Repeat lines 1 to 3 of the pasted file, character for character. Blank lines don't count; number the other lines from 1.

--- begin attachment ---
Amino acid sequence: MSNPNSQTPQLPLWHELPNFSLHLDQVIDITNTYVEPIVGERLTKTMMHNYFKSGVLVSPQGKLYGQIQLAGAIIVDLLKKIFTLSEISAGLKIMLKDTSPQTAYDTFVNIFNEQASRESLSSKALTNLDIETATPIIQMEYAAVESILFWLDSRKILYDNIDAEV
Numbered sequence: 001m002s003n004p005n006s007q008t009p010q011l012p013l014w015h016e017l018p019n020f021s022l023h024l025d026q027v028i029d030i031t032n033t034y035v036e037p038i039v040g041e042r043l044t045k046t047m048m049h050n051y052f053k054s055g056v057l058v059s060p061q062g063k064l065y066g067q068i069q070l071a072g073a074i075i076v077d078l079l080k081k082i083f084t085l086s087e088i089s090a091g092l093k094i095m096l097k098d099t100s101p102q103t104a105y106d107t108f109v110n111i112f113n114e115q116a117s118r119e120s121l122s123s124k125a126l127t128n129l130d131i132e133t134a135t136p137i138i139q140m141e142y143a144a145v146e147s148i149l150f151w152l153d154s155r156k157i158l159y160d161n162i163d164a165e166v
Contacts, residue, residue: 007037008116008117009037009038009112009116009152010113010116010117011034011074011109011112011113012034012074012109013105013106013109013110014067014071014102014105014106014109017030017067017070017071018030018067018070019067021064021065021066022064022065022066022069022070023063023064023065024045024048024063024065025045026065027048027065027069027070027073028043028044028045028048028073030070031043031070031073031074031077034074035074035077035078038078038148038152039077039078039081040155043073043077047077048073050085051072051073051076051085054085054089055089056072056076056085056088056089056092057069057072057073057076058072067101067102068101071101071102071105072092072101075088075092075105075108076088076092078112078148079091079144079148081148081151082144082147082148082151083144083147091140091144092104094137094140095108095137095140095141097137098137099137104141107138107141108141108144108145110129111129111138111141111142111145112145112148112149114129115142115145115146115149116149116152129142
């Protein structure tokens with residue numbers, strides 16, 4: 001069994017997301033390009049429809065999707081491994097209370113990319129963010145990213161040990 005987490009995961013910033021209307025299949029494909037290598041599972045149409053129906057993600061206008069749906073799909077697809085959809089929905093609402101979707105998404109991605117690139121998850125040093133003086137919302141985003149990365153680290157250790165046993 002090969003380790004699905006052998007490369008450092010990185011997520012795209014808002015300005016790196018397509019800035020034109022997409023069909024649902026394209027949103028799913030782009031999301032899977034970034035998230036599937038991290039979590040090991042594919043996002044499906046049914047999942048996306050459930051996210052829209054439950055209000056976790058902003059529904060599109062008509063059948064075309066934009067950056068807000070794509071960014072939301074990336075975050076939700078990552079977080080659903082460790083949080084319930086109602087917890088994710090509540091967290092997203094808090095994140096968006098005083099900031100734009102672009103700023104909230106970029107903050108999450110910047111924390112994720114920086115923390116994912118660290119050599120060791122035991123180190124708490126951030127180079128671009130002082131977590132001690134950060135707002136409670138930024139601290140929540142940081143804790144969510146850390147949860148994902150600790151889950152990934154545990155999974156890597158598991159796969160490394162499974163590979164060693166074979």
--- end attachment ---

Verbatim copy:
Amino acid sequence: MSNPNSQTPQLPLWHELPNFSLHLDQVIDITNTYVEPIVGERLTKTMMHNYFKSGVLVSPQGKLYGQIQLAGAIIVDLLKKIFTLSEISAGLKIMLKDTSPQTAYDTFVNIFNEQASRESLSSKALTNLDIETATPIIQMEYAAVESILFWLDSRKILYDNIDAEV
Numbered sequence: 001m002s003n004p005n006s007q008t009p010q011l012p013l014w015h016e017l018p019n020f021s022l023h024l025d026q027v028i029d030i031t032n033t034y035v036e037p038i039v040g041e042r043l044t045k046t047m048m049h050n051y052f053k054s055g056v057l058v059s060p061q062g063k064l065y066g067q068i069q070l071a072g073a074i075i076v077d078l079l080k081k082i083f084t085l086s087e088i089s090a091g092l093k094i095m096l097k098d099t100s101p102q103t104a105y106d107t108f109v110n111i112f113n114e115q116a117s118r119e120s121l122s123s124k125a126l127t128n129l130d131i132e133t134a135t136p137i138i139q140m141e142y143a144a145v146e147s148i149l150f151w152l153d154s155r156k157i158l159y160d161n162i163d164a165e166v
Contacts, residue, residue: 007037008116008117009037009038009112009116009152010113010116010117011034011074011109011112011113012034012074012109013105013106013109013110014067014071014102014105014106014109017030017067017070017071018030018067018070019067021064021065021066022064022065022066022069022070023063023064023065024045024048024063024065025045026065027048027065027069027070027073028043028044028045028048028073030070031043031070031073031074031077034074035074035077035078038078038148038152039077039078039081040155043073043077047077048073050085051072051073051076051085054085054089055089056072056076056085056088056089056092057069057072057073057076058072067101067102068101071101071102071105072092072101075088075092075105075108076088076092078112078148079091079144079148081148081151082144082147082148082151083144083147091140091144092104094137094140095108095137095140095141097137098137099137104141107138107141108141108144108145110129111129111138111141111142111145112145112148112149114129115142115145115146115149116149116152129142